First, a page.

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ISSN: 1920-4159
Journal of Applied Pharmacy
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Transdermal Drug Delivery: Benefits and Challenges

Rabab Kamel*

Department of Pharmaceutical Technology, National Research Centre, Dokki, Al-Bohooth St., Cairo, Egypt

*Corresponding Author:
Rabab Kamel
Department of Pharmaceutical Technology
National Research Centre
Dokki, Al-Bohooth St., Cairo, Egypt
Tel: +201113639193
Fax: +20233370931
E-mail: [email protected]

Received date: November 01, 2014 Accepted date: January 12, 2015 Published date: January 15, 2015

Citation: Rabab Kamel (2015) Transdermal Drug Delivery: Benefits and Challenges. J App Pharm 8:e103. doi: 1920-4159.1000e103

Copyright: © 2015 Rabab Kamel. This is an open-access article distributed under the terms of the Creative Commons Attribution License, which permits unrestricted use, distribution, and reproduction in any medium, provided the original author and source are credited.

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Editorial

Being the largest and most easily accessible organ of human body, the skin provides a painless and patient-friendly interface for systemic drug administration [1]. The creation of transdermal delivery systems is one of the most important innovations enabling the successful implementation of many of novel as well as conventional drugs [2]. Problems associated with the barrier properties of the skin, reducing skin irritation rates and improving the aesthetics associated with patch systems have been the focus of many researches [3].

Transdermal delivery is well known to minimize and avoid many limitations associated with oral and parenteral administration of drugs including [4-6]: improved efficacy-to-tolerability ratio by regulating serum drug levels; controlled and extended release of drugs; avoid gastrointestinal and hepatic pre-systemic metabolism; non-invasive techniques in addition to possible site-rotation; ability to limit diversion and abuse of opioid medications. However, the success of systemic drug delivered through the skin is opposed by the high impermeability and complexity of skin structure.

The skin is composed of two main layers [7]: (a) the dermis which contains a variety of cell types, nerves, blood vessels and lymphatics embedded in a dense network of connective tissue, and (b) the epidermis, which is the outer layer, is composed of layers of stratified keratinocytes bathed in a protein-rich envelope with an outer lipid envelope. The horny skin layer, or the stratum corneum, is the outermost 5–20 μm of the skin. It represents the main physical barrier of the skin and is mostly the rate limiting step for transdermal drug permeation.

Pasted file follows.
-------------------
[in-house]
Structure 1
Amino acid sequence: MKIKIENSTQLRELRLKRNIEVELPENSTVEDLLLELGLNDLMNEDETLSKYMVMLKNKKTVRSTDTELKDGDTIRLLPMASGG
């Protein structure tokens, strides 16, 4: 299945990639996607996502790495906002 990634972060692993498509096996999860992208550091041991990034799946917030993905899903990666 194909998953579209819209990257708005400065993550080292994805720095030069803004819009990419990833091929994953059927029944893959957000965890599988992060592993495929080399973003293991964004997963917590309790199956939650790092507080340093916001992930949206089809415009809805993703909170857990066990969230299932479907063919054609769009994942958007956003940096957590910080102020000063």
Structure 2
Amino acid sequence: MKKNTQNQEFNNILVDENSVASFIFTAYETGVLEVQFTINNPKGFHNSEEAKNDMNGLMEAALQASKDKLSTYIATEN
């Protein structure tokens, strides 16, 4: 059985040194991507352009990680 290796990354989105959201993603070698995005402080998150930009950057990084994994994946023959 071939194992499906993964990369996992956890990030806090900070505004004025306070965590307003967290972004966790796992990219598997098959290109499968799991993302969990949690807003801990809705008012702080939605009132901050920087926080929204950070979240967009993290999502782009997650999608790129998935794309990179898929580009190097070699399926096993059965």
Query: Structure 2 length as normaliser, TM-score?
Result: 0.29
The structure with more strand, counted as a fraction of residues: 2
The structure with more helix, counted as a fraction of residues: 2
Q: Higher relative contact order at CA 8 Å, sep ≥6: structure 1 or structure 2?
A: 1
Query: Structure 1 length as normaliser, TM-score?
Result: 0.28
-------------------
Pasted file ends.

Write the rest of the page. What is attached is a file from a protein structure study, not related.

The factors influencing transdermal absorption are therefore very complex in nature and act in a mutually dependent manner, hence, attainment of a therapeutically effective drug level is difficult without enhancing skin permeation [8].

Many techniques have been exploited to breach the skin barrier [4], these involve chemical (passive) and physical (active) methods, based on two strategies or the synergistic mixtures of both mechanisms: increasing skin permeability and providing driving force acting on the drug [9]. Various methods of transdermal penetration enhancement have been widely discussed in literature [3,4,7,9-16]; these can be summarized briefly as follows: (a) Passive approaches are ranging from chemical enhancers which either increase the diffusivity across the skin or increase the drug solubility in the skin to newer innovative approaches which involve the extension of this concept to the design of novel formulations like microemulsions, vesicular systems, nanoparticles and inclusion complexes; (b) active approaches involve the use of external energy to act as a driving force and/or act to reduce the barrier nature of the stratum corneum in order to enhance permeation of drug molecules into the skin, these techniques involve: the iontophoresis, sonophoresis, electroporation, microneedles, magnetophoresis and laser radiation.

Nowadays many TDDS products, having bioactive under categories that include hypertension, angina, motion sickness, female menopause, male hypogonadism, pain control, nicotine dependence, and recently, contraception, urinary incontinence, parkinson's disease, attention deficit and hyperactivity disorder and female sexual dysfunction, are approved by FDA. Much research is still in progress for the development and scale up of new transdermal products.

Although these products are gaining worldwide popularity and although transdermal drug delivery is providing good opportunities for innovative and challenging research, the benefits for such route of administration still remains controversial.

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